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From which end (North or South) of a bar magnet do magnetic field lines emerge? North or South?
Do the field lines really start at the pole face?-Yes or No?
Do magnetic field lines ever start or end anywhere? Yes or No?
Magnetic field lines emerge from the North and point towards the South.
No, magnetic field lines DO NOT really start at the pole face.
No, magnetic field lines are CONTINUOUS and thus do not start or stop.
Why does a magnetic compass point to the Geographic North Pole?
The geographical north pole is not the location of a magnetic compass. A magnetic compass points to the earth’s magnetic poles, which are different from the earth’s geographic poles. Furthermore, near the Earth’s North Pole, the south magnetic pole is actually the north magnetic pole. When it comes to magnets, opposites attract.
Because magnetic lines of force flow from the north magnetic pole to the south magnetic pole, the northern end of a magnet in a compass are drawn to the southern geographic pole. Outside of a permanent magnet, magnetic field lines always extend from the north magnetic pole to the south magnetic Pole. As a result, Earth’s magnetic field lines extend from the southern hemisphere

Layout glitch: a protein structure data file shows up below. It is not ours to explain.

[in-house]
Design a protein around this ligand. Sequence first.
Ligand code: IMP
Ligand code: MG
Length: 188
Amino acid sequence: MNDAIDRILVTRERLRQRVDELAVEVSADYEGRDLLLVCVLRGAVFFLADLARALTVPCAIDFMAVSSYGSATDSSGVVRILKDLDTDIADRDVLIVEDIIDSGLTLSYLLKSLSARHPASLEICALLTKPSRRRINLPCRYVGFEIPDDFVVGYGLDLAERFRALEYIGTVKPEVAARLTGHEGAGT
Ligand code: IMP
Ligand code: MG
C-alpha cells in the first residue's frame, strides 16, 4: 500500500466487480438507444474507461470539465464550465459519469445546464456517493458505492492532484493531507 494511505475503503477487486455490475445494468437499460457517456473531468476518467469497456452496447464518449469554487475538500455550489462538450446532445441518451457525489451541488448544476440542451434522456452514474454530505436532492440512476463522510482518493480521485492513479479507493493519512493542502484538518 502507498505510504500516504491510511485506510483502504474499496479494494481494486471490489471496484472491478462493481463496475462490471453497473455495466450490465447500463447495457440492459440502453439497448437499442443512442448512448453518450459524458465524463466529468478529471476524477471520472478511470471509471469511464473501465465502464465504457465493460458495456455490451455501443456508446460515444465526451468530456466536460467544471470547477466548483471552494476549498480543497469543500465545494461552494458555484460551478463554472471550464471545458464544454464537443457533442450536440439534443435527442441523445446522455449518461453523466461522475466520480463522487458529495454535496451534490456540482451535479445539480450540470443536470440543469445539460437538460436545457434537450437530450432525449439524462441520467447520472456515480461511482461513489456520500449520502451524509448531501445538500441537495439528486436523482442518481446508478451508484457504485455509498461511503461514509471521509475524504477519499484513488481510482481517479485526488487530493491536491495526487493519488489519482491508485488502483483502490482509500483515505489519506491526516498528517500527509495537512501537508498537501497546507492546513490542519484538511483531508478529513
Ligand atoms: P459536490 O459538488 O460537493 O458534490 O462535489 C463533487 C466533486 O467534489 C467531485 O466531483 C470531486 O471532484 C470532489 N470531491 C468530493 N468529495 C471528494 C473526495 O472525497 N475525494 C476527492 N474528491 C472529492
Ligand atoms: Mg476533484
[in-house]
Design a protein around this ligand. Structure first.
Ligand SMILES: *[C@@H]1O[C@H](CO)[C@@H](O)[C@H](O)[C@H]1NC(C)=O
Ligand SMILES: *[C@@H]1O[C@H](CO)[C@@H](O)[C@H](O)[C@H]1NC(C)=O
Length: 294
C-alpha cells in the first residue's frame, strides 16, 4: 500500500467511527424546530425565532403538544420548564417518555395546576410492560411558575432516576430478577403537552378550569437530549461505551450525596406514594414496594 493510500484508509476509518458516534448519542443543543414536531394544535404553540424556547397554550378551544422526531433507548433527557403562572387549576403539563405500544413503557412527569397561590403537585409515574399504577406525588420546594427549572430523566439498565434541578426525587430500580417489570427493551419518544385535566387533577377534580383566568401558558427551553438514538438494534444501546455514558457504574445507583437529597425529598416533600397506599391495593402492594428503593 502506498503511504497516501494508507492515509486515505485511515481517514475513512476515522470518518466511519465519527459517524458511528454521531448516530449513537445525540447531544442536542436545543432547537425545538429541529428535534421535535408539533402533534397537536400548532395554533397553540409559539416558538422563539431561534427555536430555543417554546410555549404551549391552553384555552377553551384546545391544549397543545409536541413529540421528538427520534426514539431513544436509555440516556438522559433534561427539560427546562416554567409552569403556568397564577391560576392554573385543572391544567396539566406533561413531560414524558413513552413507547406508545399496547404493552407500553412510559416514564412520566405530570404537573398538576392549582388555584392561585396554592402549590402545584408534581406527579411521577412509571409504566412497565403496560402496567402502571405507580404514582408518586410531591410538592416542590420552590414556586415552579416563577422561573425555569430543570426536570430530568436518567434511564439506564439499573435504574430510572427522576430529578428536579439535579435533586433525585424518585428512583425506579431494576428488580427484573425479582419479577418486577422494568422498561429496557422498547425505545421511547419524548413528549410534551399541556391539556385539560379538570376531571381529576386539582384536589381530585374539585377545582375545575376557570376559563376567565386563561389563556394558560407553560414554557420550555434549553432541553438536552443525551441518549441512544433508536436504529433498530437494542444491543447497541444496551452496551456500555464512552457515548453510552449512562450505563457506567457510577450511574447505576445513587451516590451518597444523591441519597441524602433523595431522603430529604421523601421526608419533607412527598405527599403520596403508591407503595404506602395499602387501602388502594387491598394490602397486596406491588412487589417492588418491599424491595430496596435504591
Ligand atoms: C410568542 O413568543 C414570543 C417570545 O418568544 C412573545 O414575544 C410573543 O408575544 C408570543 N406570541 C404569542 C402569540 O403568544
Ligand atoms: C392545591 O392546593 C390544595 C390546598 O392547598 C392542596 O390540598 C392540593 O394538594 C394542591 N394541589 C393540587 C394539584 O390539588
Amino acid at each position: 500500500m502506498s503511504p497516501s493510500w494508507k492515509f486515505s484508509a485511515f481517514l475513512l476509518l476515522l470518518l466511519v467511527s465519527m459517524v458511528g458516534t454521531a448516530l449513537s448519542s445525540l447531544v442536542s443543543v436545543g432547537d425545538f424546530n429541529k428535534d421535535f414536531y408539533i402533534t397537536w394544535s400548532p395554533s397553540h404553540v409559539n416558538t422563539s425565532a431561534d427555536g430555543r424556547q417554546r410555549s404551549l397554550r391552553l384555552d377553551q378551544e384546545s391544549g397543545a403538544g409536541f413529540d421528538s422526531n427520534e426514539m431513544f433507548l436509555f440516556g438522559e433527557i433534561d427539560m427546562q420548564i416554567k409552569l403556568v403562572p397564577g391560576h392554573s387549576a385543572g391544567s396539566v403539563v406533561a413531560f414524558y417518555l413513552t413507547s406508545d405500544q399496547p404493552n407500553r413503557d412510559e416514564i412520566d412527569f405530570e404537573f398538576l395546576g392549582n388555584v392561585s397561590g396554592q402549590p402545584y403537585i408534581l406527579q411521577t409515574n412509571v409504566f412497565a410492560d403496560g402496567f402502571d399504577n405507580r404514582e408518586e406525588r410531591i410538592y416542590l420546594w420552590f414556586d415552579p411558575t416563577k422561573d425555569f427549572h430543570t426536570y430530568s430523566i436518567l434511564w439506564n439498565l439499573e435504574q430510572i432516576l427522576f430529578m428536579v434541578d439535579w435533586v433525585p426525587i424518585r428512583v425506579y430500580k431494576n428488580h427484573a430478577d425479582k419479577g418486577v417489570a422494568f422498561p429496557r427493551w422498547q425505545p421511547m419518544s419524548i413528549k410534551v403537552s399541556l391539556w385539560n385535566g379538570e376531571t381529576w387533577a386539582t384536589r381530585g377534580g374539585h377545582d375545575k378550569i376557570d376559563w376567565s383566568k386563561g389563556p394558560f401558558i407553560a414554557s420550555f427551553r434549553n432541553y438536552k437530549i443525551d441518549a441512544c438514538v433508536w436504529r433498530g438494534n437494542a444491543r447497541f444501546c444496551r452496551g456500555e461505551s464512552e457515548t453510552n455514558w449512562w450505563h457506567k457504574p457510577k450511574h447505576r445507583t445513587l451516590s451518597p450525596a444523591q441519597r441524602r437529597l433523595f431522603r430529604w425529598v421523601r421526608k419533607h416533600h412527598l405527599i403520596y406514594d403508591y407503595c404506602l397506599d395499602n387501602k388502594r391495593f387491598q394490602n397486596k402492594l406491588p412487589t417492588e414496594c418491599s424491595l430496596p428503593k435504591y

The geographic poles are the points where the earth’s rotation axis intersects the surface of the planet. To make a tennis ball spin, think about holding it between your thumb and forefinger and pushing on one side. The geographical north and south poles of a tennis ball’s spin are where your thumb and finger touch. A person standing on the equator
The northern and southern magnetic poles are the area’s geographic and magnetic centrepieces. Because they result from distinct processes, Earth’s geographical and magnetic poles aren’t precisely aligned. The liquid iron circulating currents in the outer core cause Earth’s magnetic field. Furthermore, the position of the earth’s magnetic poles relative to its geographic poles varies continuously.
The magnetic south pole presently resides 10 degrees from the geographic north pole and is located in the Arctic Ocean north of Alaska. The northern end of a compass now points somewhat toward Alaska rather than precisely to the geographical north.